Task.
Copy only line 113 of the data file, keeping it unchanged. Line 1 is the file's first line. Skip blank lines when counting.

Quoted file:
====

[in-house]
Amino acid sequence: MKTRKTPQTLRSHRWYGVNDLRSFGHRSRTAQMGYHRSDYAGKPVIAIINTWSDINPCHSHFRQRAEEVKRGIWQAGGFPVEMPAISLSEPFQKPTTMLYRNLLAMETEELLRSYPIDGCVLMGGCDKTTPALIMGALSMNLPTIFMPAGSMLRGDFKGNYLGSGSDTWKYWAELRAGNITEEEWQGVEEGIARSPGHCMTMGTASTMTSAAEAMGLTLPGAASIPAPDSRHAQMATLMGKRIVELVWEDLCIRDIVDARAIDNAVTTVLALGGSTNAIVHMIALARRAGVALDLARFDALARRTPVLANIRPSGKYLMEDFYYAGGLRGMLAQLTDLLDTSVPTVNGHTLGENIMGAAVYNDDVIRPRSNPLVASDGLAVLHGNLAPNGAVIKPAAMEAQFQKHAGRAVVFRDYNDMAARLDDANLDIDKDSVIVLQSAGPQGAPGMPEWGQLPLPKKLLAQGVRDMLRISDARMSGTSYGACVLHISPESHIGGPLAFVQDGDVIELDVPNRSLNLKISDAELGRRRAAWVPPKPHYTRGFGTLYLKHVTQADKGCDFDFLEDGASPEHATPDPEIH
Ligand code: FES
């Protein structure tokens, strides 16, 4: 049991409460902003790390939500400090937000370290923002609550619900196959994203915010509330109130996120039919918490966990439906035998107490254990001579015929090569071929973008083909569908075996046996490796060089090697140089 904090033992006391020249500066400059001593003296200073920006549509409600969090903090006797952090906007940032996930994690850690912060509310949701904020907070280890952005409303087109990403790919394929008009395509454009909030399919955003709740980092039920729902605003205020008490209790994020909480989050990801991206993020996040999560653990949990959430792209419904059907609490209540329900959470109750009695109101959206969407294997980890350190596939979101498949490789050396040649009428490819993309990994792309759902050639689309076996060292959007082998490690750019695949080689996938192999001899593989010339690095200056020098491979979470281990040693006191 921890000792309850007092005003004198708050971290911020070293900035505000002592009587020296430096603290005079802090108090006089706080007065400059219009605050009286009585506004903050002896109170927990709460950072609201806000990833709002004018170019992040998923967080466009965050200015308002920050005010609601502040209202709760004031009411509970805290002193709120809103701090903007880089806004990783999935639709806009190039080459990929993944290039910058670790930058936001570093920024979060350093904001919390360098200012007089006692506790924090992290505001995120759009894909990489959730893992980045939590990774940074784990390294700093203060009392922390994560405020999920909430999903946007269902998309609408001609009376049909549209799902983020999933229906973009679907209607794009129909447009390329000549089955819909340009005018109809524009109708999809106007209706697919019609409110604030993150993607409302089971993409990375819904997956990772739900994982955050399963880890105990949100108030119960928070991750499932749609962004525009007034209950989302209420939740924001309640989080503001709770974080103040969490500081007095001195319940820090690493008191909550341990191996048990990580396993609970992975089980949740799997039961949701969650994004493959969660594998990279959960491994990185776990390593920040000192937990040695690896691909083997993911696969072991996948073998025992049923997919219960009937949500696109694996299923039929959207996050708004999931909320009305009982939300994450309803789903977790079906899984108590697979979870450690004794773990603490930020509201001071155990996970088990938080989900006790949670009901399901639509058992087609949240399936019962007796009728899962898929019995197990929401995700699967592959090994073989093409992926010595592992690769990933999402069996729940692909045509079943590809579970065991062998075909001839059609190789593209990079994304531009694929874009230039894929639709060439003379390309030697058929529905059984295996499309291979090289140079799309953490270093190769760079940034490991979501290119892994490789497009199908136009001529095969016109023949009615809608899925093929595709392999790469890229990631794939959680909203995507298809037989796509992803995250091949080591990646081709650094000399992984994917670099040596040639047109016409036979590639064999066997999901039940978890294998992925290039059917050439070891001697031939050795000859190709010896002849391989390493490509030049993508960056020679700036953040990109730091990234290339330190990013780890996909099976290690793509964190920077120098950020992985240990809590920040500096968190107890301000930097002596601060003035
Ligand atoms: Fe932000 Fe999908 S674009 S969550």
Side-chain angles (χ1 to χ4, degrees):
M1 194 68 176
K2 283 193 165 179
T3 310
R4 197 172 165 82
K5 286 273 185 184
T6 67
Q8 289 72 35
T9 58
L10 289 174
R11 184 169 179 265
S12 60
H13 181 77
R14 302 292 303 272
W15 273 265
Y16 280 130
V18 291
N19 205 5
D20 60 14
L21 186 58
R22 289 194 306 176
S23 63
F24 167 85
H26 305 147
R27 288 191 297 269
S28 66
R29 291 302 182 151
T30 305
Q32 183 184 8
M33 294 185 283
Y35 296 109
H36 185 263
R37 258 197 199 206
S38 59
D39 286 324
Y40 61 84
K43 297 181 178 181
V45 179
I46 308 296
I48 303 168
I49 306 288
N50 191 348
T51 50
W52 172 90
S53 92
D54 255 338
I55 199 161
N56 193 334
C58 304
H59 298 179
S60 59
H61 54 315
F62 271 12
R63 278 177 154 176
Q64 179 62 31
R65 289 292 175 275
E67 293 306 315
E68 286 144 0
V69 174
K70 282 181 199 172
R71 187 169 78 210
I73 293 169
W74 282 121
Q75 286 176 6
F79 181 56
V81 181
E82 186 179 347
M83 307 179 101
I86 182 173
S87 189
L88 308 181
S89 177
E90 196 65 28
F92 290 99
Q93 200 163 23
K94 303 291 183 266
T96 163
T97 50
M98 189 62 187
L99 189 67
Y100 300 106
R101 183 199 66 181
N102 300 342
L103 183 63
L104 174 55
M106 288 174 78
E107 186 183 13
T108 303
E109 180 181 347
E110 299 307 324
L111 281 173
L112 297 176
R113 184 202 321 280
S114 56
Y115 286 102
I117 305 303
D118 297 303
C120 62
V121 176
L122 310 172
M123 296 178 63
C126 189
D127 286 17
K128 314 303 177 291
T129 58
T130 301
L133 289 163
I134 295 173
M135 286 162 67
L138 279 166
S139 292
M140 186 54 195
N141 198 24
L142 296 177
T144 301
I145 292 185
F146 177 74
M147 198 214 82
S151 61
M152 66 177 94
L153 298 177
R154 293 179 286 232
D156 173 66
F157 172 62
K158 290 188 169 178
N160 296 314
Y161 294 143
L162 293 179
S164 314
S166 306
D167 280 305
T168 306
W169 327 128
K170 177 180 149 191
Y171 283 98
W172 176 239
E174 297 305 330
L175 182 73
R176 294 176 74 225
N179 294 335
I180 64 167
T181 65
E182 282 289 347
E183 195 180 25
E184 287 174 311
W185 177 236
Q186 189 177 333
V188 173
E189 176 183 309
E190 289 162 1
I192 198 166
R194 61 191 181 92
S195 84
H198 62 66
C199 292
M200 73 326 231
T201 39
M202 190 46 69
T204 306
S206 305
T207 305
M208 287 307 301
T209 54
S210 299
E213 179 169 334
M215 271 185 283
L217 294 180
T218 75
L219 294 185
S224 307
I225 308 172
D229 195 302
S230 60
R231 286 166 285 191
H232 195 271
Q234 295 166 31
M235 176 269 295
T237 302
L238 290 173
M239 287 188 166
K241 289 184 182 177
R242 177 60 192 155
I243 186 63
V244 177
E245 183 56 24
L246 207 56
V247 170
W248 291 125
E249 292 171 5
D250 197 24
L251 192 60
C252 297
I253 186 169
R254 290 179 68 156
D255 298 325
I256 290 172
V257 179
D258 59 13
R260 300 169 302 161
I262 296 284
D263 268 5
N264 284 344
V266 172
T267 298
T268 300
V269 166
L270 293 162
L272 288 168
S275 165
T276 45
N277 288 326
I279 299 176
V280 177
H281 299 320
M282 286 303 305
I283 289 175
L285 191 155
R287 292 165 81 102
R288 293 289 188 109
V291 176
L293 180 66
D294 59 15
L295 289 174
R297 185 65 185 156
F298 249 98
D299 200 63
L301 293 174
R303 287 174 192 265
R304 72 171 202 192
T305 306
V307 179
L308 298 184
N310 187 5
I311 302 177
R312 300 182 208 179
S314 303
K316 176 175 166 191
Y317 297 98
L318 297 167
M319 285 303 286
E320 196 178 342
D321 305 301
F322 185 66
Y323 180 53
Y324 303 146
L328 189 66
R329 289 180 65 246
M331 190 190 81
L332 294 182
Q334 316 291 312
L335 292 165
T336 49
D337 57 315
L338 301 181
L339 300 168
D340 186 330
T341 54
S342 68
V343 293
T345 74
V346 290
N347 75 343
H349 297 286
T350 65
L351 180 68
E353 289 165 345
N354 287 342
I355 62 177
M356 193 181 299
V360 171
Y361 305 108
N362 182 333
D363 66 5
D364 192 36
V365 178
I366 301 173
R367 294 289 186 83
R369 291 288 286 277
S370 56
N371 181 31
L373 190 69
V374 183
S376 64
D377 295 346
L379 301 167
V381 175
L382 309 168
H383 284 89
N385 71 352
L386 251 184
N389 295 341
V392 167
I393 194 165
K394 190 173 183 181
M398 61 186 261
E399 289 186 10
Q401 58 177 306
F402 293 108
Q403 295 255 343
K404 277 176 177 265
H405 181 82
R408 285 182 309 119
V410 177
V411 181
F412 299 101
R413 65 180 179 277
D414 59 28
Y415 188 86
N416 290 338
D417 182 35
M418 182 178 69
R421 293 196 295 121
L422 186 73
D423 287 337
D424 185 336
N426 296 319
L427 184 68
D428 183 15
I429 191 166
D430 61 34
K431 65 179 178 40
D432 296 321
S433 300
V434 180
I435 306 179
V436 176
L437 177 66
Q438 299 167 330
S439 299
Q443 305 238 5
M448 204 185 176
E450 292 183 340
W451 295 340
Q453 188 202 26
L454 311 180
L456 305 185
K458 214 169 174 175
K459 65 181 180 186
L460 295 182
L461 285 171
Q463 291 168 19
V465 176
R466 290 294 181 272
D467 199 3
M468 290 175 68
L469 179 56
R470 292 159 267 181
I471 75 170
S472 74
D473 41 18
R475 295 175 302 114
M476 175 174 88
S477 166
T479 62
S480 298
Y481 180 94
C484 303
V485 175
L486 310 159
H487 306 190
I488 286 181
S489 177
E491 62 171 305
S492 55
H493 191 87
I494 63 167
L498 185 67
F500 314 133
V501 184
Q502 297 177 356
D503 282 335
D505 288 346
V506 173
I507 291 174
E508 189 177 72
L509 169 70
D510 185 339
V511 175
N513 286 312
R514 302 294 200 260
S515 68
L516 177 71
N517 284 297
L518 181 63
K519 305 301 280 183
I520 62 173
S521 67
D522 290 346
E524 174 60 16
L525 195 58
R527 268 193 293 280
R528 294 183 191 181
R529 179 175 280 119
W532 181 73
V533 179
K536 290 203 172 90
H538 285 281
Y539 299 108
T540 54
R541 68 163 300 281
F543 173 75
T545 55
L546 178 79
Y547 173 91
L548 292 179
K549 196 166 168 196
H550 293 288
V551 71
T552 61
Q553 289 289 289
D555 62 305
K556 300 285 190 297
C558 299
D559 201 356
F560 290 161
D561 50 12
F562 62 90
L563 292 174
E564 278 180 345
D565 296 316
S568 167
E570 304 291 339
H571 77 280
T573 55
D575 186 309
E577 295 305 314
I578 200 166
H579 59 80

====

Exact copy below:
I134 295 173